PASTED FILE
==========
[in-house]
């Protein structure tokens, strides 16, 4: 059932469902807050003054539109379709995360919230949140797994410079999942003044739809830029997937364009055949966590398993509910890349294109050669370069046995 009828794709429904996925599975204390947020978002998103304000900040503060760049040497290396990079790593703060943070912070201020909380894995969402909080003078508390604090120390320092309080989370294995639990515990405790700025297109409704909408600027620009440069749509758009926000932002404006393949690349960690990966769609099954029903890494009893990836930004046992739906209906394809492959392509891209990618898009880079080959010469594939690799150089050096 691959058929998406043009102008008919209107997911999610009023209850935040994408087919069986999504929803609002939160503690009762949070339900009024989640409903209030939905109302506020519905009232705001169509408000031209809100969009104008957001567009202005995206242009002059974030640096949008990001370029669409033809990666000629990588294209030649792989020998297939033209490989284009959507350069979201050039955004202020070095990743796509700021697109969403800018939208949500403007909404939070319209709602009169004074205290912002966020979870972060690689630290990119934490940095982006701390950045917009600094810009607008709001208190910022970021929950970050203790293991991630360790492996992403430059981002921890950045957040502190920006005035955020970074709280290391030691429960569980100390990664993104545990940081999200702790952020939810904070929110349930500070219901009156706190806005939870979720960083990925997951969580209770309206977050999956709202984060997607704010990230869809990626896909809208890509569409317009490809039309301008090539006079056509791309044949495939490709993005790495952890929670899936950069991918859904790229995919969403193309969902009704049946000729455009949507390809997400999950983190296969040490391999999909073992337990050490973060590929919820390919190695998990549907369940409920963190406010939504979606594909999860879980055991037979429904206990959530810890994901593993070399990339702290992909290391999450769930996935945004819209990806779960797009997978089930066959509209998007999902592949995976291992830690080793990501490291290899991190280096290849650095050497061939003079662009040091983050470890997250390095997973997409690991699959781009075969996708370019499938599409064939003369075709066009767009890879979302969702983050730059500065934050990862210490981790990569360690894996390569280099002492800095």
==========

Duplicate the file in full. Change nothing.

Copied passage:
[in-house]
């Protein structure tokens, strides 16, 4: 059932469902807050003054539109379709995360919230949140797994410079999942003044739809830029997937364009055949966590398993509910890349294109050669370069046995 009828794709429904996925599975204390947020978002998103304000900040503060760049040497290396990079790593703060943070912070201020909380894995969402909080003078508390604090120390320092309080989370294995639990515990405790700025297109409704909408600027620009440069749509758009926000932002404006393949690349960690990966769609099954029903890494009893990836930004046992739906209906394809492959392509891209990618898009880079080959010469594939690799150089050096 691959058929998406043009102008008919209107997911999610009023209850935040994408087919069986999504929803609002939160503690009762949070339900009024989640409903209030939905109302506020519905009232705001169509408000031209809100969009104008957001567009202005995206242009002059974030640096949008990001370029669409033809990666000629990588294209030649792989020998297939033209490989284009959507350069979201050039955004202020070095990743796509700021697109969403800018939208949500403007909404939070319209709602009169004074205290912002966020979870972060690689630290990119934490940095982006701390950045917009600094810009607008709001208190910022970021929950970050203790293991991630360790492996992403430059981002921890950045957040502190920006005035955020970074709280290391030691429960569980100390990664993104545990940081999200702790952020939810904070929110349930500070219901009156706190806005939870979720960083990925997951969580209770309206977050999956709202984060997607704010990230869809990626896909809208890509569409317009490809039309301008090539006079056509791309044949495939490709993005790495952890929670899936950069991918859904790229995919969403193309969902009704049946000729455009949507390809997400999950983190296969040490391999999909073992337990050490973060590929919820390919190695998990549907369940409920963190406010939504979606594909999860879980055991037979429904206990959530810890994901593993070399990339702290992909290391999450769930996935945004819209990806779960797009997978089930066959509209998007999902592949995976291992830690080793990501490291290899991190280096290849650095050497061939003079662009040091983050470890997250390095997973997409690991699959781009075969996708370019499938599409064939003369075709066009767009890879979302969702983050730059500065934050990862210490981790990569360690894996390569280099002492800095």